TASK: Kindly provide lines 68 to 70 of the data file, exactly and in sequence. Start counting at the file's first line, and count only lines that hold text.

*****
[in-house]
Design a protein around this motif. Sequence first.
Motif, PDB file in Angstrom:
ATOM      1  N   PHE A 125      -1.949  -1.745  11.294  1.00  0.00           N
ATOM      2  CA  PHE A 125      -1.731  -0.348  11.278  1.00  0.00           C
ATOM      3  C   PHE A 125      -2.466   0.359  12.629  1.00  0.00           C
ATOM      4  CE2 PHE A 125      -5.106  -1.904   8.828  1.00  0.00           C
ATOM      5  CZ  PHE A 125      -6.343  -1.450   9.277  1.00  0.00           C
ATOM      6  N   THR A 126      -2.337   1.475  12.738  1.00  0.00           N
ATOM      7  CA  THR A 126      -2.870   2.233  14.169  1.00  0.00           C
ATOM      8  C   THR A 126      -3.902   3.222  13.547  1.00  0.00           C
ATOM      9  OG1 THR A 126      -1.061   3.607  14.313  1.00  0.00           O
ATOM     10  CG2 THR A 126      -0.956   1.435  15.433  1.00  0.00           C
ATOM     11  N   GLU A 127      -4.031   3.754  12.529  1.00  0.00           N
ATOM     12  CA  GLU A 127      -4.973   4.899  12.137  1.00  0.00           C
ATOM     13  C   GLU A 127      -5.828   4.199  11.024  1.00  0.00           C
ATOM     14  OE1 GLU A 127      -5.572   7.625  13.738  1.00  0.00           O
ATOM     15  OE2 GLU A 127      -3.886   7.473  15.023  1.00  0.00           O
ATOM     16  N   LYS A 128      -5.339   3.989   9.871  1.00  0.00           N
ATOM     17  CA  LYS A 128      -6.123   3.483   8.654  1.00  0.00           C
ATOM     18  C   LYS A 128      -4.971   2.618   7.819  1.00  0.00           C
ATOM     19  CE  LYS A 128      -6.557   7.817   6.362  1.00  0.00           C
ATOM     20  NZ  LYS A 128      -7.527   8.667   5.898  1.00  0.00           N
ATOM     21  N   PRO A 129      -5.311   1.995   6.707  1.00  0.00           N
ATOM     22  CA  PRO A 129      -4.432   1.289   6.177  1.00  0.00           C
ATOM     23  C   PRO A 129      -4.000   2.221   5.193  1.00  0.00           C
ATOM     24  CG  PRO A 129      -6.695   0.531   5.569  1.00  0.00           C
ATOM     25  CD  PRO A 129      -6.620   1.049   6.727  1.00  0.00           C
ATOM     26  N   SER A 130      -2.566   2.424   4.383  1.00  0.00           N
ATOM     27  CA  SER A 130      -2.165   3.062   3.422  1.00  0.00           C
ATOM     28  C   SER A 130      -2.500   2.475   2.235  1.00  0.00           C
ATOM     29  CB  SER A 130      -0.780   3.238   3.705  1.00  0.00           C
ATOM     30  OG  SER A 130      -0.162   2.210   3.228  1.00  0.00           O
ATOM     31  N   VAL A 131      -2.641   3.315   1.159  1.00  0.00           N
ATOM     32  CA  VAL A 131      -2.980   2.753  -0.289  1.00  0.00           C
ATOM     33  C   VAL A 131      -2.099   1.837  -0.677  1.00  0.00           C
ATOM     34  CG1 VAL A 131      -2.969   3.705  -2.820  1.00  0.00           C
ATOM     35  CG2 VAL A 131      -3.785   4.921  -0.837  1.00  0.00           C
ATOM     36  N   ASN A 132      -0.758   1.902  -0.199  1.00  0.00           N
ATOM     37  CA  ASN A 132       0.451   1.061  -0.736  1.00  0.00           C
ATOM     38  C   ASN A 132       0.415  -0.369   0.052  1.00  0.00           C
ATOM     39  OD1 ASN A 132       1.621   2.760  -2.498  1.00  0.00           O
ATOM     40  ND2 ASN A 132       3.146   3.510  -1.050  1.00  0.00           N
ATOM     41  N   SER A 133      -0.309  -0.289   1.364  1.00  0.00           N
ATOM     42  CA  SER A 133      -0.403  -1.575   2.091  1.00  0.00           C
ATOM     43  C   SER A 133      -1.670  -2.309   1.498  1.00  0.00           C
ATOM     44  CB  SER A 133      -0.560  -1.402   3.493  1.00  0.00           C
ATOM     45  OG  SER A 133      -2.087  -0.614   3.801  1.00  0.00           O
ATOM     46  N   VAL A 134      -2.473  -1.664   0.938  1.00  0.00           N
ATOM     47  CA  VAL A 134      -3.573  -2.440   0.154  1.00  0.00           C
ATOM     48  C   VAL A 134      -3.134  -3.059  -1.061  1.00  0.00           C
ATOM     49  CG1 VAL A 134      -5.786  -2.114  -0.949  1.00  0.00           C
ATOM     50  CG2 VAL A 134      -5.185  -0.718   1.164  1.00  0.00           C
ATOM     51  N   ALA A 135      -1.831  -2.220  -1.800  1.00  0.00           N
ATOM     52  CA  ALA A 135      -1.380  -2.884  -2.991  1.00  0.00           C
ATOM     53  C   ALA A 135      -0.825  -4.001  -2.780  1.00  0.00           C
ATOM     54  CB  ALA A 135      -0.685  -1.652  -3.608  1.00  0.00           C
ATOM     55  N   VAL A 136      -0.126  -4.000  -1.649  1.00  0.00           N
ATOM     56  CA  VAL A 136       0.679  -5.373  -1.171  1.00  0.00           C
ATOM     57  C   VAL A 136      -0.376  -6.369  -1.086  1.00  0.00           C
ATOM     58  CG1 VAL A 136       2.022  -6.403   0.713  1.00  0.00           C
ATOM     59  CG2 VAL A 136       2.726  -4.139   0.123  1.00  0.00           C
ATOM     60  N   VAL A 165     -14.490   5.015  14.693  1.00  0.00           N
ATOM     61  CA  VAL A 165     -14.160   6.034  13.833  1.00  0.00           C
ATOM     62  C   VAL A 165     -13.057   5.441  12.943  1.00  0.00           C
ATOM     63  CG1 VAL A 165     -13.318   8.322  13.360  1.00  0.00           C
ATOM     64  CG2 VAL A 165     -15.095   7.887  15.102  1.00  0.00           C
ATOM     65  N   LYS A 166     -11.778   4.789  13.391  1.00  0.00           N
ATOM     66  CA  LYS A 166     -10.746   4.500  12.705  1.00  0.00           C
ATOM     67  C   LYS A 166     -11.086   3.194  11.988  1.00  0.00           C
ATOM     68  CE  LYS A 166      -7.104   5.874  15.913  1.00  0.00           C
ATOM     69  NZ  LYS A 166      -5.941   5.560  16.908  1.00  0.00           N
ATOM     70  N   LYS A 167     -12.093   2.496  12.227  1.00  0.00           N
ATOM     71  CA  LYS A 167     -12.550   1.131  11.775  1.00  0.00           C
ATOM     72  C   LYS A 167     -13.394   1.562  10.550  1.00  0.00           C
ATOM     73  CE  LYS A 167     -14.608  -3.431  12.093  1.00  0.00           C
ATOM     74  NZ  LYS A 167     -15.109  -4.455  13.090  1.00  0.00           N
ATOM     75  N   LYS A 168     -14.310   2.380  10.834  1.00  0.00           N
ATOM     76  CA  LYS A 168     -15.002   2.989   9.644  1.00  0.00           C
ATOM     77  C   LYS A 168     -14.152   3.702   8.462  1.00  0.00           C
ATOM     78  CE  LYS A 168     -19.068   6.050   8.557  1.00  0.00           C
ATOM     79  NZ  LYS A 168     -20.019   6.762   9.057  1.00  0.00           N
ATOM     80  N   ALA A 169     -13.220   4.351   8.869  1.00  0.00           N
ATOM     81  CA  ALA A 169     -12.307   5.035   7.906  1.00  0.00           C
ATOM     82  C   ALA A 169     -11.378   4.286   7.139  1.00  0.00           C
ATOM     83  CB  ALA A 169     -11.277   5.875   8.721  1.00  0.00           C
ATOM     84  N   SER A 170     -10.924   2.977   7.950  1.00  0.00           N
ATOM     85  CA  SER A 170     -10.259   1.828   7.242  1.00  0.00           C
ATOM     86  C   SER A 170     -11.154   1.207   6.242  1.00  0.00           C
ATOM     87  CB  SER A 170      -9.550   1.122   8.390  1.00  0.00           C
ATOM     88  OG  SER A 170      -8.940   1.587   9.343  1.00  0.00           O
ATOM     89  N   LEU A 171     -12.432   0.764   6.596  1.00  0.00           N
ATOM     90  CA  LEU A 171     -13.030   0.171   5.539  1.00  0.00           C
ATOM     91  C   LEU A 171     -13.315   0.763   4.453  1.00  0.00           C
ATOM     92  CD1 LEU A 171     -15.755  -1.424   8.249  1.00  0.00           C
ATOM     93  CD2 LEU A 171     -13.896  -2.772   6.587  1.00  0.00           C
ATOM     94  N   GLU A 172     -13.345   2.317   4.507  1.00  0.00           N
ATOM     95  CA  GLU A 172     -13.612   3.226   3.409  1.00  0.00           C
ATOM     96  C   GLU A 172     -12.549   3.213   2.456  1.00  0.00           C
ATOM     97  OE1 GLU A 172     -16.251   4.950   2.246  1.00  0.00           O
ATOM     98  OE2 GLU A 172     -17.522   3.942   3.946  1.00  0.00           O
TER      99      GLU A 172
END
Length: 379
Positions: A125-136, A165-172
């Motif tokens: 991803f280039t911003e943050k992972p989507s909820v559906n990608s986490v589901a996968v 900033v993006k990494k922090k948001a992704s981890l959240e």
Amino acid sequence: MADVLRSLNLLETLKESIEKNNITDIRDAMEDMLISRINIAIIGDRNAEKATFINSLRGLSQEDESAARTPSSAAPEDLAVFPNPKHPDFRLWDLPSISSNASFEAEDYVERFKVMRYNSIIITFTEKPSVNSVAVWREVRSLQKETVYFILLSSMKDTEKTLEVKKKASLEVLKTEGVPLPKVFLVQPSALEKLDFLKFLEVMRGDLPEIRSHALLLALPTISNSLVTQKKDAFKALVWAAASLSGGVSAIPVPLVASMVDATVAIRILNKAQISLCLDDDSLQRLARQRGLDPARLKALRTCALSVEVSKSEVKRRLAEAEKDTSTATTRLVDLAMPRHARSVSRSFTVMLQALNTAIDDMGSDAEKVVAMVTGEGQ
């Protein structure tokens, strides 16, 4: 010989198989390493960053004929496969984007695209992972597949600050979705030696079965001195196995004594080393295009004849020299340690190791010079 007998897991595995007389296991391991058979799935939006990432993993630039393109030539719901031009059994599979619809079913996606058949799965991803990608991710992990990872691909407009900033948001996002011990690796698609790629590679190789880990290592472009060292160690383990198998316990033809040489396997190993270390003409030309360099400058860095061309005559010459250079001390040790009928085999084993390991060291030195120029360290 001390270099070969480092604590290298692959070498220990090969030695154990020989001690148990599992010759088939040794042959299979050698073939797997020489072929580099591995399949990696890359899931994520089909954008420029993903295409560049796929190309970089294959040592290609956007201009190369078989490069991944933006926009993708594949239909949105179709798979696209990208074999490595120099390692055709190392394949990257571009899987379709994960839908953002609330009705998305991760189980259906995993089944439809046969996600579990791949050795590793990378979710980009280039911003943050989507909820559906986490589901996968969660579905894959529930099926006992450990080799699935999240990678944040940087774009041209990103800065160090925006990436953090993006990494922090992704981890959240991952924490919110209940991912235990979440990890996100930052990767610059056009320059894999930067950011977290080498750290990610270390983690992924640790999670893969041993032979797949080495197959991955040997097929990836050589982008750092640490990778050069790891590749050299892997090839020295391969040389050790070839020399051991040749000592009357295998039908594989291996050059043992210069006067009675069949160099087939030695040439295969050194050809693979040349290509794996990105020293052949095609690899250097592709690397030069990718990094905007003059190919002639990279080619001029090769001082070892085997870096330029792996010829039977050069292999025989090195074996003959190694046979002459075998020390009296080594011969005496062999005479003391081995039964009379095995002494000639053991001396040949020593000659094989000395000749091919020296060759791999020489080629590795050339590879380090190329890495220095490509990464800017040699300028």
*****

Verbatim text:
ATOM     65  N   LYS A 166     -11.778   4.789  13.391  1.00  0.00           N
ATOM     66  CA  LYS A 166     -10.746   4.500  12.705  1.00  0.00           C
ATOM     67  C   LYS A 166     -11.086   3.194  11.988  1.00  0.00           C